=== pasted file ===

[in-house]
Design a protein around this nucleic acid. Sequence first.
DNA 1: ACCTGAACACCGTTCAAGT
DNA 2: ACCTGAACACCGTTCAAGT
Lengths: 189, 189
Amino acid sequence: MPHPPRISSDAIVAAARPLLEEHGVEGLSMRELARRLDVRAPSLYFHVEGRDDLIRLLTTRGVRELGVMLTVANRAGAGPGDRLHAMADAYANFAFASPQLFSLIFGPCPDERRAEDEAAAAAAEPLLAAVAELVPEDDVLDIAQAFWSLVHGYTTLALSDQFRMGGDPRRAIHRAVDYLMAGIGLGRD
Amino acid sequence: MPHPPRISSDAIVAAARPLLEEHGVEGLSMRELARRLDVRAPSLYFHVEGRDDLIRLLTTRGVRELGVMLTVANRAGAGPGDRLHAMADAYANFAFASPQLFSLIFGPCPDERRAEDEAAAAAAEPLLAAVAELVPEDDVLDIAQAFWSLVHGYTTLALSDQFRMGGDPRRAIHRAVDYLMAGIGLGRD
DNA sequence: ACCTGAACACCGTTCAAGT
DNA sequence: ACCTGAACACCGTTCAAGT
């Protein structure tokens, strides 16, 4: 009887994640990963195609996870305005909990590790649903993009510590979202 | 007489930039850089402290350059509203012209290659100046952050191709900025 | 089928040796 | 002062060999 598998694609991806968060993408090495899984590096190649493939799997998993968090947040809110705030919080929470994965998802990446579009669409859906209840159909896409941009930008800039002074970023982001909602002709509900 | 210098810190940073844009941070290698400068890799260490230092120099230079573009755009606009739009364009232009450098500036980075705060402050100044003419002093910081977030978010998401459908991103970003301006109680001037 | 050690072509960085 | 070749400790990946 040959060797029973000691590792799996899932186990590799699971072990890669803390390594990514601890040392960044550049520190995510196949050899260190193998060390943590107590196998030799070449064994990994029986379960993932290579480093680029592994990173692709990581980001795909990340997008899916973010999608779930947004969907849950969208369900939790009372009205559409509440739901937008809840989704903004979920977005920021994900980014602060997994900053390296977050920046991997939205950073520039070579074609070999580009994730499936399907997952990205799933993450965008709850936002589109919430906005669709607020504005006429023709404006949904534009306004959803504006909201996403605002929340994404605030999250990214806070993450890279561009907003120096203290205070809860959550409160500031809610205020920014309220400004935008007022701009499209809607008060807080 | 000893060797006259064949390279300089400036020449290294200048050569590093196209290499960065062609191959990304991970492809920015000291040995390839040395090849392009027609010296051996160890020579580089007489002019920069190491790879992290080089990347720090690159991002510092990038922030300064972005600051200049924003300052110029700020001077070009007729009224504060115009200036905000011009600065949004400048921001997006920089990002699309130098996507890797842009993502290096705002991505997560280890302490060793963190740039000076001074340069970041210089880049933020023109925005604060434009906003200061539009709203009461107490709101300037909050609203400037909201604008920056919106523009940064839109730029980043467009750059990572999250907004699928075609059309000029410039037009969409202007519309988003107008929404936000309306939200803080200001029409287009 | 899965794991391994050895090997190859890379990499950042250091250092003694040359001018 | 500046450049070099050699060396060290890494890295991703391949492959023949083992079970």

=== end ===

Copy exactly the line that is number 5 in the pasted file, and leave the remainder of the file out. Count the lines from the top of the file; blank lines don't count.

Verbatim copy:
Lengths: 189, 189